Title: Cossacks at Earls-Court

Periodical: London Evening Standard

Date: June 2, 1892

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COSSACKS AT EARL'S-COURT.

To the many attractions at Earl's-court has been added a band of Cossacks. The name has so many thrilling and romantic associations that its representatives cannot fail to be valuable auxiliaries. They are described as a troop of the Caucasian line, a branch of the Zaporogians, of whom Byron's hero Mazeppa was hetman or chief. In personal appearance they bear a close resemblance to Russians, though they are of more slender make, and their features are more handsome and expressive. As types of the light-armed cavalry that guard the southern frontier of Russia, and have made the name of a race of people synonymous with that of a desperate foe and a dashing soldier, they may be accepted without reserve. Their skill is of the kind that can be attained only by men who are accustomed to fight in small bodies, and always with a rush. Their horses are small, and, although tough and well broken, are but little adapted for regular movements. In this respect they are in contrast even with the Mexican and Indian riders, who do not number precision of movement in large bodies among their many marvellous qualities as horsemen. The Cossacks are, therefore, not to be viewed with the same eyes as a troop of Household Cavalry upon parade. Perhaps it is this want of civilising uniformity that makes them so picturesque. When they entered the arena at a hand-gallop, and drew rein behind a group of Indian and Mexican horsemen, a shout of applause went up from the crowded galleries. Their appearance is striking rather by reason of its unfamiliarity than because of any intrinsic qualities. They do not wear the short Polish vest, wide blue trousers, and black sheepskin cap that one usually attributes to a Cossack. Their coats are of several shades of ruddy brown, close fitting as far as the waist, and ending in flowing skirts, lined with material of a different hue. Their trousers are black, and are encased in long leather boots, while their caps consist of a narrow circle of light astracan round a piece of cloth of the same colour as their coats. Nor do they wield the ten-foot lance which we are accustomed to see fastened to the foot, the arm, or the pommel of the saddle. In lieu of that formidable weapon they carry a short sabre and the "natraika," or whip of twisted leather, which they sometimes apply to the enemy's back as well as to that of their chargers. Thus armed, and in this guise, they executed a series of movements and performed several feats calculated to display their wonderful daring and skill. The spirit, speed, and activity of their horses were put to severe tests by their commander, Prince Ivan Makharadze, while their own keenness of eye and rapid certainty of movement were proved by several exploits. Astonishing as were these performances, they were perhaps less interesting to the spectators than the dance with which they were opened. The men, having dismounted, stood in line, singing what to Western ears sounded like a doleful wail, which even the London County Council might sanction on Sundays. But perhaps the rhythm was not in the voice so much as in the clapping of the hands that kept time, for one after another did the Cossacks dance a solemn dance upon heels and toes. It was a stately dance, though the movements were too much confined to the lower extremities to excite anything more than wonder and amusement. With this novel addition to an entertainment already rich in the sensational and picturesque, The Wild West must continue to draw large bodies of spectators.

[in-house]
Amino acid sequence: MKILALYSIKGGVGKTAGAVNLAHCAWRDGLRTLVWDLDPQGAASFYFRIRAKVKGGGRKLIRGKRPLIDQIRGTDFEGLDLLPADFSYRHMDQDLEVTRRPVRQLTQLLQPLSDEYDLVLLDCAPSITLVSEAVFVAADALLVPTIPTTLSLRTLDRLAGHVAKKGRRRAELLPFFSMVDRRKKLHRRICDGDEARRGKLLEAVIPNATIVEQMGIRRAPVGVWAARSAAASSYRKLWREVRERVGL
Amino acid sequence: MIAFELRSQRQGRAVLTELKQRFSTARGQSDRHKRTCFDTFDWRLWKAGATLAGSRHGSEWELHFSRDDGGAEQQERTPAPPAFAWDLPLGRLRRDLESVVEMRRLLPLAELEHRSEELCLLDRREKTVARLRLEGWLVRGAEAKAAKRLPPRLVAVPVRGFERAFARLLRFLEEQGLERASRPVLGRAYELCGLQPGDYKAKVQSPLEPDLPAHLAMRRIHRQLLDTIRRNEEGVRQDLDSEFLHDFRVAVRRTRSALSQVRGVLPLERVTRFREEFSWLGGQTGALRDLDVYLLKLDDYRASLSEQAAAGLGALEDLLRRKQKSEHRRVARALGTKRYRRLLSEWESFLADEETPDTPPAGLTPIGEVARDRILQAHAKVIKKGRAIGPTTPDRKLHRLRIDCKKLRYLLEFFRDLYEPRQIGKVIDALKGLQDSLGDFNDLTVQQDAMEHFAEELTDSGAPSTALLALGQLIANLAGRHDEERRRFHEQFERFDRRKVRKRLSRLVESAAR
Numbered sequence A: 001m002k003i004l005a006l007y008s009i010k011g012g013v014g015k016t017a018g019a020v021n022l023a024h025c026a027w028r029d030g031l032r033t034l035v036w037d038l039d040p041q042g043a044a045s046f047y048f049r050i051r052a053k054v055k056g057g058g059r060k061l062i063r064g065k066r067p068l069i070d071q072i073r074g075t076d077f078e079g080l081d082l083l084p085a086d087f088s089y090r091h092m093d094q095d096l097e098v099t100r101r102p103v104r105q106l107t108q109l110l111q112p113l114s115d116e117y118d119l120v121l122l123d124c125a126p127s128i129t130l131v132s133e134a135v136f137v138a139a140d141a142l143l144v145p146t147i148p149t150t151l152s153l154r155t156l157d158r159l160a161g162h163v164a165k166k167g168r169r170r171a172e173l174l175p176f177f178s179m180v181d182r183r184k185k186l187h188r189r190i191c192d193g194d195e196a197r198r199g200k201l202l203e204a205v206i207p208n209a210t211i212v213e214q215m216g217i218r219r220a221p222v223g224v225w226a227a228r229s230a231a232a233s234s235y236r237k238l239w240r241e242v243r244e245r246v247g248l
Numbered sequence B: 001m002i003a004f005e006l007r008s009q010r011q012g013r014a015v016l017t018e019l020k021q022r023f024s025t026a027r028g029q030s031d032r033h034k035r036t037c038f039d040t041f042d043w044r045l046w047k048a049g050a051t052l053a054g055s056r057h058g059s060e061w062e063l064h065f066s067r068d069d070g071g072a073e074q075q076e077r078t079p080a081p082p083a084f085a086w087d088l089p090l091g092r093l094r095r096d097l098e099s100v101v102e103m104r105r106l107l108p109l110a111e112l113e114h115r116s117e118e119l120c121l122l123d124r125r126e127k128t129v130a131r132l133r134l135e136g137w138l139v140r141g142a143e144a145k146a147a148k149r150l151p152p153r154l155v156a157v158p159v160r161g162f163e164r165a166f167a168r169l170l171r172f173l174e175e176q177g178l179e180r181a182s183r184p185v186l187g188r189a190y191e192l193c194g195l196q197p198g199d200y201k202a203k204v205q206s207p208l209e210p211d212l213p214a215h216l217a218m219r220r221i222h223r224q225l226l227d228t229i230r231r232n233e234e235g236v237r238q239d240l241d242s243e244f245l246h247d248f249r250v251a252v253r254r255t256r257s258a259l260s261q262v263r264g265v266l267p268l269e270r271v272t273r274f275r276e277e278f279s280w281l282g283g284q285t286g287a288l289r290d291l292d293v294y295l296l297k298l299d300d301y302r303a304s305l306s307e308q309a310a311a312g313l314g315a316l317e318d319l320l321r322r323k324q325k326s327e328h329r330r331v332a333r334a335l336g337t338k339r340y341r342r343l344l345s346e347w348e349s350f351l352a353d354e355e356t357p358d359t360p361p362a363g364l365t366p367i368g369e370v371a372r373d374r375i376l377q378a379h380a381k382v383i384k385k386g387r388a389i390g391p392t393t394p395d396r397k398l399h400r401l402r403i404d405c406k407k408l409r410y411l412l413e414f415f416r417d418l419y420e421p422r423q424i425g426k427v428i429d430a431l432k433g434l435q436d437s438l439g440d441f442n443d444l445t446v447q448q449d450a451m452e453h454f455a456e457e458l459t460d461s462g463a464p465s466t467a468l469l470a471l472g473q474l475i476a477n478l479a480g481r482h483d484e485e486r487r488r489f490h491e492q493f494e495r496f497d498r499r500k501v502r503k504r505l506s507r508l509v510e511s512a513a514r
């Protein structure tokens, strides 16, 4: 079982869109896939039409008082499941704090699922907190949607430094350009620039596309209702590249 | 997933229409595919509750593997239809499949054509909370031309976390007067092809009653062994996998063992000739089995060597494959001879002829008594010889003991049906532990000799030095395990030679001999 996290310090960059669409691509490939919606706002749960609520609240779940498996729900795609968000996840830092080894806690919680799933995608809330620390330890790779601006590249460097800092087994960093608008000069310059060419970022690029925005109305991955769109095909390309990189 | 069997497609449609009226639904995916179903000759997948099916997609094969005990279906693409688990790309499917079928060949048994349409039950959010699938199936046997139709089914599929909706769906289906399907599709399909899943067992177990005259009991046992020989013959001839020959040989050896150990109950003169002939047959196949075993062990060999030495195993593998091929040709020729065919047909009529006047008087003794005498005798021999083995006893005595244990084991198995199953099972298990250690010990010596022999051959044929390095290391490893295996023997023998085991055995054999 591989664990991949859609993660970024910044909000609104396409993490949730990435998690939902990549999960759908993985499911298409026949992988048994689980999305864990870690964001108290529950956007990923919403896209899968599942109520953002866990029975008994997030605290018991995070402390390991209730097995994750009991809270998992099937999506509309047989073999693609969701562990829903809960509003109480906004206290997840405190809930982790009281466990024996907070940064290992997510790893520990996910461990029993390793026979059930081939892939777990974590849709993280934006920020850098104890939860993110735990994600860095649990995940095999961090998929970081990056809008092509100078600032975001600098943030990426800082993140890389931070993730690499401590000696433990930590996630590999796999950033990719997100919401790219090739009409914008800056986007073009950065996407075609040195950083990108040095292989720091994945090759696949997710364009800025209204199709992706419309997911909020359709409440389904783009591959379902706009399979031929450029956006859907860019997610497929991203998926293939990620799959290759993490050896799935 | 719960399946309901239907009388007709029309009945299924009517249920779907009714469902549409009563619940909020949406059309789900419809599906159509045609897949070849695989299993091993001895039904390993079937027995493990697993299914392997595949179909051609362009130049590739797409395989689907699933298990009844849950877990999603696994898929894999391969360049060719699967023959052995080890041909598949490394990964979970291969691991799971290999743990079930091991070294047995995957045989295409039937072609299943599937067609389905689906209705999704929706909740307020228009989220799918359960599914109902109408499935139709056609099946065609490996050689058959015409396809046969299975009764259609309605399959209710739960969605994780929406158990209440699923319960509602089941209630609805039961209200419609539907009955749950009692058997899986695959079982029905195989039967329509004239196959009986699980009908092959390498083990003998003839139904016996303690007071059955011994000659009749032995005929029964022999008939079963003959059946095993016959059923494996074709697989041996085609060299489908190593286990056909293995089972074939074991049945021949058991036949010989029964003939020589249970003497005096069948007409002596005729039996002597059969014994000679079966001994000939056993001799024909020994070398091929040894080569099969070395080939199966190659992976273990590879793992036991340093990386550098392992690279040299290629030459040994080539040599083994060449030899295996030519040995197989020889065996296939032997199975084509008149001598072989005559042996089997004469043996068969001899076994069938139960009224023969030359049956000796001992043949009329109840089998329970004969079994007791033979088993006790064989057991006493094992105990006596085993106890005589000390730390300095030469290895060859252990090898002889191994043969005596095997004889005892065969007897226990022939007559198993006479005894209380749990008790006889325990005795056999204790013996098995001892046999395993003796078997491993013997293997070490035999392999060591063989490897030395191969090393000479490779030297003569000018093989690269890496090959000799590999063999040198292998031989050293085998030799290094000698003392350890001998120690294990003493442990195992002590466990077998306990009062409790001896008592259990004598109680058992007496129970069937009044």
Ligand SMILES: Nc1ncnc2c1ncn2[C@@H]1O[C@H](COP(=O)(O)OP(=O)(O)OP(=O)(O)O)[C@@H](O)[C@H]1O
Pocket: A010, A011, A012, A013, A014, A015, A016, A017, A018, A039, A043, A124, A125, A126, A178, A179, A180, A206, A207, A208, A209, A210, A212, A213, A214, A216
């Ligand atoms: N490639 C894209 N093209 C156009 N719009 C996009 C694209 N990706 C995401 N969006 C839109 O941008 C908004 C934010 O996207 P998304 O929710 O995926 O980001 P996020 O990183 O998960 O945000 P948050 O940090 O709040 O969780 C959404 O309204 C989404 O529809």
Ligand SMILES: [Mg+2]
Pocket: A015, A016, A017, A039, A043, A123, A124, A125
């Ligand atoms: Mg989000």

Title: Cossacks at Earls-Court

Periodical: London Evening Standard

Source: McCracken Research Library, Buffalo Bill Center of the West, William F. "Buffalo Bill" Cody Collection, MS6, MS6.3778.041.03 (1892 London)

Date: June 2, 1892

Keywords: American Indians Cossacks Dance Ethnic costume Exhibitions Georgians (South Caucasians) Horsemanship Horsemen Horses Indians of North America Mexicans Russia Scrapbooks Traveling exhibitions Weapons

People: Byron, George Gordon Byron, Baron, 1788-1824 Mazepa, Ivan Stepanovych, 1639-1709

Places: Earl's Court (London, England) London (England)

Sponsor: This project is supported in part by a grant from the National Endowment for the Humanities and the Geraldine W. & Robert J. Dellenback Foundation.

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